Knott Co. teen recognized for service

By Mitchell Grogg | 

Hindman, Ky. (WYMT)-- Gardening and other volunteer work gained a Knott County teen a national award for his service.

Bailey Combs, a student and football player at Knott County Central High School, won the 2014 Young Adult Volunteer of the Year award from the American Health Care Association and National Center for Assisted Living. He is set to celebrate at a convention in October.

"Coach always told us to give back, have respect, and he always said, 'Go out and do stuff in the community, help out,'" Bailey said. "The only thing I could do is plant a garden, because that's all I knew how to do, and I got that from my papaw."

The garden in the back yard of Knott County Health and Rehabilitation Center was one way for Bailey to give back. He also spends time with the residents there.

Frances Hudson lives at the center and is also Bailey's great aunt. She describes him as a "good boy" who "knows what he's doing."

"He gives me some of the stuff and I eat it," Hudson said with a laugh.

That stuff includes some peppers, tomatoes, cucumbers...cantaloupe, and bell peppers, said Bailey.

Administrator Ruby Pigman appreciates both the food produced and the company Bailey brings.

"He actually comes quite often, visits with the residents, plays cards with them," said Pigman.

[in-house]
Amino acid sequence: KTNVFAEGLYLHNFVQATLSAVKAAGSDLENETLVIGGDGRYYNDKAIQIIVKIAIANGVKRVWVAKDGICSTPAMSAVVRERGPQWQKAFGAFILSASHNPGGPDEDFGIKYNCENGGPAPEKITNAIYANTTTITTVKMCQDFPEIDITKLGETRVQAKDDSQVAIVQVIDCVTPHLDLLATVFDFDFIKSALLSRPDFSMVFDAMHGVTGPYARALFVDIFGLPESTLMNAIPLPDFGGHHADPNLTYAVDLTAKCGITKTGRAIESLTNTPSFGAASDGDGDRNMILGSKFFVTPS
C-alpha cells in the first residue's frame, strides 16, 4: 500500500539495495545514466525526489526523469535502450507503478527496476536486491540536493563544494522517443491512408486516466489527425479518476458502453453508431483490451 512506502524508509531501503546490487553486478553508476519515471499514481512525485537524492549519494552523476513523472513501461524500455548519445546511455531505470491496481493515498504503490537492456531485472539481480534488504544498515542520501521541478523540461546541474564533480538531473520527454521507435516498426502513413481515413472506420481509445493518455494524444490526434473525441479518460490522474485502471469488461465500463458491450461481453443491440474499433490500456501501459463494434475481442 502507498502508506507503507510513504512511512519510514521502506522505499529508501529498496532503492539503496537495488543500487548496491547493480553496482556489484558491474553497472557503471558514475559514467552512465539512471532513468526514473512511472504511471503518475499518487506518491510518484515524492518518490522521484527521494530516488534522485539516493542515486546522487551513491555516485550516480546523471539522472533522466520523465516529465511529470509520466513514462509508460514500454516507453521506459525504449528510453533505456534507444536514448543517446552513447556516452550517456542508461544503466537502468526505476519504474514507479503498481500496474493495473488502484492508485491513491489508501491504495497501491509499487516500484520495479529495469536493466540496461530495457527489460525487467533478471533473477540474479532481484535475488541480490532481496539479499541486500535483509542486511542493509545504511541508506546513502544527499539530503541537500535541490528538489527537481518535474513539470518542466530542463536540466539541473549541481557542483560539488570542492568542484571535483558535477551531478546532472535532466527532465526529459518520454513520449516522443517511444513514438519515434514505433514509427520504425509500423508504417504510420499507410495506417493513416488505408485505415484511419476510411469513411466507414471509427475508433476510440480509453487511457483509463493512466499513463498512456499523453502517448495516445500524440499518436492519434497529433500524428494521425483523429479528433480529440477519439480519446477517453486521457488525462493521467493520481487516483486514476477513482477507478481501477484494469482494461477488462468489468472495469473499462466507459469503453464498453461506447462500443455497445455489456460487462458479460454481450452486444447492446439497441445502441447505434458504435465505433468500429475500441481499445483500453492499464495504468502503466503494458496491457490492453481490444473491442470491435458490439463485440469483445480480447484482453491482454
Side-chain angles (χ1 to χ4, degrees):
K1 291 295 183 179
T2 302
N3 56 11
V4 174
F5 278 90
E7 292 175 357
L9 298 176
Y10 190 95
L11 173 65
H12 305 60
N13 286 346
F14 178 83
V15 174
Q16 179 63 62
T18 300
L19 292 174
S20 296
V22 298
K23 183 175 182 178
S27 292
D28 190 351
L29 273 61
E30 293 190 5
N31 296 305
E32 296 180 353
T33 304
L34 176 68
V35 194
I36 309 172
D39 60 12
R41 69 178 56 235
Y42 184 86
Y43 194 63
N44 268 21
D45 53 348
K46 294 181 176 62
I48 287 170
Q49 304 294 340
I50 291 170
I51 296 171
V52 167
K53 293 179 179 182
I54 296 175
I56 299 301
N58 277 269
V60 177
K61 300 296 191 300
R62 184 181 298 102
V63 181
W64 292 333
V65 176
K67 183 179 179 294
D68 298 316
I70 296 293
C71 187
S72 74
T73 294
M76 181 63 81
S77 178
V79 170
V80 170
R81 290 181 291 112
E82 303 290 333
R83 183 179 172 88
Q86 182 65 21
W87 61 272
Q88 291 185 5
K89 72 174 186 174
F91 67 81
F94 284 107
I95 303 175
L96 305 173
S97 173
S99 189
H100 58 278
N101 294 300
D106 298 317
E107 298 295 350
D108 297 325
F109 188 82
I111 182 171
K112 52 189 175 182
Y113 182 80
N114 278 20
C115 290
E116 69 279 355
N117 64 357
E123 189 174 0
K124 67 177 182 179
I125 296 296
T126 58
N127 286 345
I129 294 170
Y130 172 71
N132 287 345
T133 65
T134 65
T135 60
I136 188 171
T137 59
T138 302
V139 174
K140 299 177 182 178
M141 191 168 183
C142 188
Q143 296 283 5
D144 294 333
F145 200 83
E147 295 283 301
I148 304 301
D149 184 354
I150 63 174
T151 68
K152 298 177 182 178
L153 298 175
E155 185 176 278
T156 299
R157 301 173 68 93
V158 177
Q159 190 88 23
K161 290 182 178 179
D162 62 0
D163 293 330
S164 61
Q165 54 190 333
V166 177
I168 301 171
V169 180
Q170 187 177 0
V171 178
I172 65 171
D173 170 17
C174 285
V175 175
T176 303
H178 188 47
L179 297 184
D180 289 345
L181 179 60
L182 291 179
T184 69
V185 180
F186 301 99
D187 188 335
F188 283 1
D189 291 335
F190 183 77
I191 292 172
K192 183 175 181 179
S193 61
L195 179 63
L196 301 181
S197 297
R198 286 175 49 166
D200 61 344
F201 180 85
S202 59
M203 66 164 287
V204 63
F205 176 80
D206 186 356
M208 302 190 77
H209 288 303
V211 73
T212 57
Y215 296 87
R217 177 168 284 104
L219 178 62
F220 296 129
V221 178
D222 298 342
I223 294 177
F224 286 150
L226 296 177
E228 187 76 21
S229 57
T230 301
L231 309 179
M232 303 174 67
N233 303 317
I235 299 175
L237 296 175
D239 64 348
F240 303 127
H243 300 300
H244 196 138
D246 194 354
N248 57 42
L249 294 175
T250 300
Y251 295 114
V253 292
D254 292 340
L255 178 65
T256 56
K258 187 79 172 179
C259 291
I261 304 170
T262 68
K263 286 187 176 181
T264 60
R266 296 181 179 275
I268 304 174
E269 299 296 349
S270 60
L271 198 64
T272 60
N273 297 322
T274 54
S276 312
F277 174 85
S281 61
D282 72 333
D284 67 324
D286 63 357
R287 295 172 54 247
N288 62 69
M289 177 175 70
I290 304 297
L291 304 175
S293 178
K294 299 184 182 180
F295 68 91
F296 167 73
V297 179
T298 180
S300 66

The volunteerism also helps to keep the residents happy, said Steve McClain, director of communications for the Kentucky Association of Health Care Facilities.

"It's just great to recognize them for the work that they do, bringing joy and laughter and music to our residents," McClain said.

This achievement also brought joy to Bailey's grandfather, Ronnie Whitaker, who taught him how to grow food in a garden, though he was skeptical of the garden at the nursing facility at first.

"I'm real proud of him," said Whitaker. "And especially proud of him for what he's done at the nursing home. I think more people should be getting involved in a nursing home."

Bailey's involvement in gardening began early, and Bailey also helps people getting involved early in something else.

He likes to "work football games for the little ones, with the other teammates," Bailey said.

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